As the light breeze blows, the leaves of the old banyan tree on the Jatiya Kabi Kazi Nazrul Islam University campus in Trishal of Mymensingh sway back and forth, as if it is dancing to the tune of music.
Almost 100 years ago, this tree, on weary afternoons, listened to the beautiful sad tunes of a flute played by a 14-year-old boy, who later grew up to be one of the greatest poet and writer in Bangla literature.
The boy was no other than National Poet Kazi Nazrul Islam, whose memories still live on in Trishal's scenic beauty and reside in the hearts of the locals.
According to Nazrul researcher Rashedul Anam, also assistant director of the Institute of Nazrul Studies at JKKNIU, Nazrul was brought to Kazir Shimla in Trishal in 1913 by Kazi Rafizullah, a Muslim police sub-inspector.
The policeman had met him at Nazrul's birth place in West Bengal's Burdwan, where the poet was born on May 25, 1899, in Churulia village.
Nazrul went to Darirampur High School (now Nazrul Academy) and was in class-VI. The then headmaster of the school was Bipin Chandra Chakraborty, said Anam who wrote about Nazrul's one-year stay at Trishal in his book “Nazrul Jiboner Trishal Addhya”.
Since his school was six miles away from Kazir Shimla and had almost no proper road communication, Nazrul moved his lodging to Bechutia Bepari's house at Namapara, which was near his school.
"He would often spend his days playing the flute, sitting under the banyan tree at Namapara, on his way to school," said Anam.
During his short stay at Trishal, Nazrul became known among the locals for his "Punthi" (a kind of folk literature) reading skills and his mesmerising flute tunes.
Referring to his findings, Anam mentioned Nazrul's English teacher at the school, Mohim Chandra Khasnabish, who had described the poet as a "quiet and absent-minded" boy.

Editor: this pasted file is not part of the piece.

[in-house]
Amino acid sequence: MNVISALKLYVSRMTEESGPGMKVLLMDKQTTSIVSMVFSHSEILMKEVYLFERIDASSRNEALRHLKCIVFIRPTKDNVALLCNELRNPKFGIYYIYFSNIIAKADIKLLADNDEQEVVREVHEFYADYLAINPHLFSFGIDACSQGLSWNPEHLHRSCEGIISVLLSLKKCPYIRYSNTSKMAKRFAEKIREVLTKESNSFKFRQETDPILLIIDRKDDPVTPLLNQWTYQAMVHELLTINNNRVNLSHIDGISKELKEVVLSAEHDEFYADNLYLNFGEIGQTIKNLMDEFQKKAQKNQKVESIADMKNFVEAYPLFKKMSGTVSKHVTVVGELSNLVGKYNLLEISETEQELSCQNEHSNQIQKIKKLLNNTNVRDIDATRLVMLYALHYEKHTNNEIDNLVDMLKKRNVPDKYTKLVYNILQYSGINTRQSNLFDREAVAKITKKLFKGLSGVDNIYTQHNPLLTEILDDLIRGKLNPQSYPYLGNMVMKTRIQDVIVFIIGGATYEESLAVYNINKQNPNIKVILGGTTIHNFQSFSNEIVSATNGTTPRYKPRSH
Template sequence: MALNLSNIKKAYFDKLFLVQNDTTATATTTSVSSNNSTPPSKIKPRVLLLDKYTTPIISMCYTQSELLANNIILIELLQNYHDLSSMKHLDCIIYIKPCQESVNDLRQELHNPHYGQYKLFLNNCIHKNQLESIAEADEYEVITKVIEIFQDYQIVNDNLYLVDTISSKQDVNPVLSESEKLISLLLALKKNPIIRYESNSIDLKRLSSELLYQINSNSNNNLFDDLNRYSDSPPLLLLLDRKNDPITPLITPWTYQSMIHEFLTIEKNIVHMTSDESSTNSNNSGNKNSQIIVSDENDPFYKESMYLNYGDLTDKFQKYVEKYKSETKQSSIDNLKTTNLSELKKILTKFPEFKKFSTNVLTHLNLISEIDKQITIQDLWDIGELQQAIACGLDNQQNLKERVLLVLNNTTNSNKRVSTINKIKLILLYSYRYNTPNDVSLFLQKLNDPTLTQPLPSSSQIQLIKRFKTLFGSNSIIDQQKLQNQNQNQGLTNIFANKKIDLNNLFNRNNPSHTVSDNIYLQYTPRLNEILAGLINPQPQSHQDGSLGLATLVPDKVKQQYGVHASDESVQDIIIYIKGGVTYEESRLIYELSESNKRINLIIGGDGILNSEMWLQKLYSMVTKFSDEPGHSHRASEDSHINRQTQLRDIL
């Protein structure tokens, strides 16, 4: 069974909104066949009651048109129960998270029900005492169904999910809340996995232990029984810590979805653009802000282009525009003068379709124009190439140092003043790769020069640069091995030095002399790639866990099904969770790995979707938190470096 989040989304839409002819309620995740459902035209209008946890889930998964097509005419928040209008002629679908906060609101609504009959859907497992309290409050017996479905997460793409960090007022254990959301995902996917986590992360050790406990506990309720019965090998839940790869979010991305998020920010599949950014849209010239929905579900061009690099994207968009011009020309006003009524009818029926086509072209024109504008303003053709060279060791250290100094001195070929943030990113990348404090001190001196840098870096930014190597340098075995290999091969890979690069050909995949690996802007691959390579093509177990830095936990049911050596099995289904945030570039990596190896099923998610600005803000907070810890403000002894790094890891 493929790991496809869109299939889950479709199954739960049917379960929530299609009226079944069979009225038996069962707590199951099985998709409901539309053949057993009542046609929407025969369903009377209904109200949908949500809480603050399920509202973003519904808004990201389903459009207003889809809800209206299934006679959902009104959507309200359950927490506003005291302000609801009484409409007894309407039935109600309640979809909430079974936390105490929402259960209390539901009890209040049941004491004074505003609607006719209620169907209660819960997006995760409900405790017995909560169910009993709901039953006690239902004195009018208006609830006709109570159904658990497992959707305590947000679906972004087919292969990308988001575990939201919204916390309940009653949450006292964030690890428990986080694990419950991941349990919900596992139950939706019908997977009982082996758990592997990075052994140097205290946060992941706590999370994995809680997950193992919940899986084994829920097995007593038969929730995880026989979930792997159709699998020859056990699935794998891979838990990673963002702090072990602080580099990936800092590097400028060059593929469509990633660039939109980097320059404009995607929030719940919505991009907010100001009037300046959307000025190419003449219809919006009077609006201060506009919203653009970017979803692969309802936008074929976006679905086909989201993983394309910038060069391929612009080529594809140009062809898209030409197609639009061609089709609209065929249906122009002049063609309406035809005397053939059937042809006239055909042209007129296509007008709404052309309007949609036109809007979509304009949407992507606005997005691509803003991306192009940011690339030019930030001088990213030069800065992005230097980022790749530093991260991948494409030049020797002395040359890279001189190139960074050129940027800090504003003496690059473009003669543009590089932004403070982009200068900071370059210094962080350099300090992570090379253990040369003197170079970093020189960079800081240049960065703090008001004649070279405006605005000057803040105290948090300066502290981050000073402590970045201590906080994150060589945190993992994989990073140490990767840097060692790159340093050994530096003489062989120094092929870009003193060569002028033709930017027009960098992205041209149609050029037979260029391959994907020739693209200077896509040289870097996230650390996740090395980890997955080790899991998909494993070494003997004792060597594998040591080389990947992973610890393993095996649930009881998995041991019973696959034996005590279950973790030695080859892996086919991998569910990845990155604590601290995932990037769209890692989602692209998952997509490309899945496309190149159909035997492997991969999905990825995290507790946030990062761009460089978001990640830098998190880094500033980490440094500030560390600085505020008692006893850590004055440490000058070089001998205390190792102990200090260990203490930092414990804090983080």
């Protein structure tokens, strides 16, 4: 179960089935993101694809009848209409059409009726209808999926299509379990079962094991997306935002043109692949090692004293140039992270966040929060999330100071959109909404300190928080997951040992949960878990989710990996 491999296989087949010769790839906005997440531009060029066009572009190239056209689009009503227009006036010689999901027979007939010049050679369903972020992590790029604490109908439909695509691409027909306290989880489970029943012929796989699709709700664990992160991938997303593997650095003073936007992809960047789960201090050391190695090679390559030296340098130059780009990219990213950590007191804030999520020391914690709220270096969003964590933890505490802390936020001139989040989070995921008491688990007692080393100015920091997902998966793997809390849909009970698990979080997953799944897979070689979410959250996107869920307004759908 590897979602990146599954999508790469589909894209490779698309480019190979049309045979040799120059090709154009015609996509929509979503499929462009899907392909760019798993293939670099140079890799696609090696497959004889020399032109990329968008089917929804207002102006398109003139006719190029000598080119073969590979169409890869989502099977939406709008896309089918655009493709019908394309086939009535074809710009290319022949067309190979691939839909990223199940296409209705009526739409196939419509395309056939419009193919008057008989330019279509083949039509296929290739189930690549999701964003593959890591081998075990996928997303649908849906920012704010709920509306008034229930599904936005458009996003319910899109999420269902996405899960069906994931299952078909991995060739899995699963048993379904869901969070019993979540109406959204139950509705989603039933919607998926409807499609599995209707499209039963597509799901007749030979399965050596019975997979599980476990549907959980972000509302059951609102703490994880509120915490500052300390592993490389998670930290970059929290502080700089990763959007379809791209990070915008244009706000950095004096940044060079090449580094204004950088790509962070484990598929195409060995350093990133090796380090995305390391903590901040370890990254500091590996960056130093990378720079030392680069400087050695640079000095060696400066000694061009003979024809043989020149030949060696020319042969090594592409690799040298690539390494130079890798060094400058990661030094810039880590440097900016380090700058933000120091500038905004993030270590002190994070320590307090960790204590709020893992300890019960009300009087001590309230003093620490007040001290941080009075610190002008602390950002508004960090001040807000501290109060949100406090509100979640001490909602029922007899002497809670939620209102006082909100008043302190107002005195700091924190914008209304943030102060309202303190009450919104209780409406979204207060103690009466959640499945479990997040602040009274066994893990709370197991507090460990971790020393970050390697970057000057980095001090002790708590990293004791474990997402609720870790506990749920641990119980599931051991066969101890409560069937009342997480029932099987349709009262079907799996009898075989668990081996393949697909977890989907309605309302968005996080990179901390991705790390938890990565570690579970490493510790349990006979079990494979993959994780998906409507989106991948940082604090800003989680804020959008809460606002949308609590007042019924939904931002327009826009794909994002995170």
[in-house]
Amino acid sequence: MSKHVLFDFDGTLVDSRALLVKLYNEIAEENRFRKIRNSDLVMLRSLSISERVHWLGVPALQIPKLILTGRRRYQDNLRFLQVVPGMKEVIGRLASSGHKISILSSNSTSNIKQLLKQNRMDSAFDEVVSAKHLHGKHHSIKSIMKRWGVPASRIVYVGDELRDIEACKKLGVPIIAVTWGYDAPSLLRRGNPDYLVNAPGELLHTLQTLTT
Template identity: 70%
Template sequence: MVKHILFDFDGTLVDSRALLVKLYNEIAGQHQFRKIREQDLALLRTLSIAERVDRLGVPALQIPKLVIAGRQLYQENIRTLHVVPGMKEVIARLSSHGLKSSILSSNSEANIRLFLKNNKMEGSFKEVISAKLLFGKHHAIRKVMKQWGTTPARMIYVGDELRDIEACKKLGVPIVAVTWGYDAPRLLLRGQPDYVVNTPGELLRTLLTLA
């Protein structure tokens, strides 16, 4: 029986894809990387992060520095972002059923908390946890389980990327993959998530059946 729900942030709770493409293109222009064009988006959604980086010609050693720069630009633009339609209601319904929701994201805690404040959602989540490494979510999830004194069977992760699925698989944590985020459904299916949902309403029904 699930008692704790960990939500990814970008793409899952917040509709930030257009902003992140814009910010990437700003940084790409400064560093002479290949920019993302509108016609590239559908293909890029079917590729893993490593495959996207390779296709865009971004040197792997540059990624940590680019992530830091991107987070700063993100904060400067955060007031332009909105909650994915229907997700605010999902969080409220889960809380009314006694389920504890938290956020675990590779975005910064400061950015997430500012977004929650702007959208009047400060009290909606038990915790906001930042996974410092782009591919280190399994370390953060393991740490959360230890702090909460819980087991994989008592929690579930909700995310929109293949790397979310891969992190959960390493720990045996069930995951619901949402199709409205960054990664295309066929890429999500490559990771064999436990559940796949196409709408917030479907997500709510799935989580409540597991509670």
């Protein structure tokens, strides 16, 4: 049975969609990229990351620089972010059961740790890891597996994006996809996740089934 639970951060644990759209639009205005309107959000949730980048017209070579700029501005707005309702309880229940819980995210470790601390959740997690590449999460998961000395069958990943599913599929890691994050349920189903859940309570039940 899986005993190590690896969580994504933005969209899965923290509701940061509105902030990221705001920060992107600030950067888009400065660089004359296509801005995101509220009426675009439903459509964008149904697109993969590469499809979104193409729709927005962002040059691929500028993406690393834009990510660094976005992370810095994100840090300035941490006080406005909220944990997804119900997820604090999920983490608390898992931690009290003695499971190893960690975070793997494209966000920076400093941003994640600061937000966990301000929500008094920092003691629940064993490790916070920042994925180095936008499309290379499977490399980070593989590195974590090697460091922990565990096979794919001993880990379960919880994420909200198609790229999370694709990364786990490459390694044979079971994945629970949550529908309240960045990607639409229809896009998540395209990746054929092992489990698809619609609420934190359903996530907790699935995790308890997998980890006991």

Yet, the young Nazrul had charmed the audience and earned prizes at the annual cultural function of the school reciting two poems of Rabindranath Tagore -- “Dui Bigha Jomi” and “Puratan Bhrittya” -- without any preparation whatsoever.
After his annual examination, Nazrul told Bepari's daughter-in-law Saforjaan Banu about his plan to go back to West Bengal. The kind-hearted woman gave him some money so that he could.
Before his departure, Nazrul left a letter for his headmaster. After receiving the letter, the emotion-gripped headmaster read it out before the students and teachers of the school and asked all his students to find Nazrul but they failed to do so.
"The letter could not be not found as it was not preserved," said Anam.
Nazrul is still remembered by Kazi Rafizullah's descendants. “We feel very proud as Nazrul first came to Bangladesh, to our Kazir Shimla,” said Durdana Khanam, daughter-in-law of Kazi Rafizullah.
"The presence of Nazrul for a few months glorified and gave us a historic status," said a smiling Durdana. She urged the government to protect Kazi Rafizullah's ancestral homestead, to preserve Nazrul's memories.
On March 1, 2005, the government established JKKNIU at Namapara, Trishal as the only public university named after the poet and writer.
"The university, currently with 4,000 students, has a special focus on liberal-slash-performing arts, education and research," said Prof Mohit Ul Alam, vice-chancellor of JKKNIU.
Perhaps someday, the old banyan tree would again witness the rise of yet another poet who would reign the Bangalee spirit and thoughts for generations, just like Kazi Nazrul Islam.